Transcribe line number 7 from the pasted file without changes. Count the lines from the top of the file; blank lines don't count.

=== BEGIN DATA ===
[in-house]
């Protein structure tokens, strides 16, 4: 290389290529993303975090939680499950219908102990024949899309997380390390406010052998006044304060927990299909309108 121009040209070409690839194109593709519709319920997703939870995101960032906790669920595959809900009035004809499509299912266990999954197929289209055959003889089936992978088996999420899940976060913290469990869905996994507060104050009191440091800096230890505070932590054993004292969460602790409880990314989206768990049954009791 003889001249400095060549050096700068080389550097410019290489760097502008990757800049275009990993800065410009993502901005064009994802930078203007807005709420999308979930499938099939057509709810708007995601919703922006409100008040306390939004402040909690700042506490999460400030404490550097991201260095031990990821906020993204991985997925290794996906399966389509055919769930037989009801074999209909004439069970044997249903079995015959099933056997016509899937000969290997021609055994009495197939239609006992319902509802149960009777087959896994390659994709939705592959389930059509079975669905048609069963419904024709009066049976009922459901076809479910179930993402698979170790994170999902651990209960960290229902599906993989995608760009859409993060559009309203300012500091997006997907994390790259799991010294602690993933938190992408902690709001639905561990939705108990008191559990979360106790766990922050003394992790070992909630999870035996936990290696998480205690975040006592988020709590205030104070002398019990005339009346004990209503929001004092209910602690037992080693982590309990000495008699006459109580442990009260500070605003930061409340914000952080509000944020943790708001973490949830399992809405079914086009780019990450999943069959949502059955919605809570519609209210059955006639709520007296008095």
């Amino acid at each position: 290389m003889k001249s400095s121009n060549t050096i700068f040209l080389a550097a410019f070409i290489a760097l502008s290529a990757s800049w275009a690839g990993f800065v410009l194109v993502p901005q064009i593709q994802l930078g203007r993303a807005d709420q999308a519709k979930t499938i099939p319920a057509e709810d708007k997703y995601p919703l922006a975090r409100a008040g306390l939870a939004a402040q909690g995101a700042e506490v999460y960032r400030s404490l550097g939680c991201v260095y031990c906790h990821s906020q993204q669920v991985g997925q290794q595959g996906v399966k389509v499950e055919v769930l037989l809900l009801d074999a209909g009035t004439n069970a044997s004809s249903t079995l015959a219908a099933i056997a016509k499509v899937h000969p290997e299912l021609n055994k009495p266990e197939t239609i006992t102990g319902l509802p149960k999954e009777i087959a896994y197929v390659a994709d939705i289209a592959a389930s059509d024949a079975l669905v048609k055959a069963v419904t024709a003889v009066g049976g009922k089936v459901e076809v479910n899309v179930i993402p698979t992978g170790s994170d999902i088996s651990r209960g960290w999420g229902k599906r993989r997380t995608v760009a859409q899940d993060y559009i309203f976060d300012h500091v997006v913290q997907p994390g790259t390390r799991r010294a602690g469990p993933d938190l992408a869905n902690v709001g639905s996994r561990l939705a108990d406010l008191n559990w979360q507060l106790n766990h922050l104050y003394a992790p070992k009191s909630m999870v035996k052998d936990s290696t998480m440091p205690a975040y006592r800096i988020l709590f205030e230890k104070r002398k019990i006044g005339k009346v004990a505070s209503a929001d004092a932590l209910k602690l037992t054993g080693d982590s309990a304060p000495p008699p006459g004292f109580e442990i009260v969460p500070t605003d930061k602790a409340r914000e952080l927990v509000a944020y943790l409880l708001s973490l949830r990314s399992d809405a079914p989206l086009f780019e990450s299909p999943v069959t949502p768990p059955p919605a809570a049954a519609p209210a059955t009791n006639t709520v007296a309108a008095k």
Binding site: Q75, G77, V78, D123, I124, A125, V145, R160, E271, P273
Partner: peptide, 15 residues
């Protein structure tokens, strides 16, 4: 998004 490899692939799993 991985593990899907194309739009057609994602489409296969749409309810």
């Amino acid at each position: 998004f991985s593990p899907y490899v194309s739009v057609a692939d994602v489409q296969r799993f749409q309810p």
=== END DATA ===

């Amino acid at each position: 998004f991985s593990p899907y490899v194309s739009v057609a692939d994602v489409q296969r799993f749409q309810p």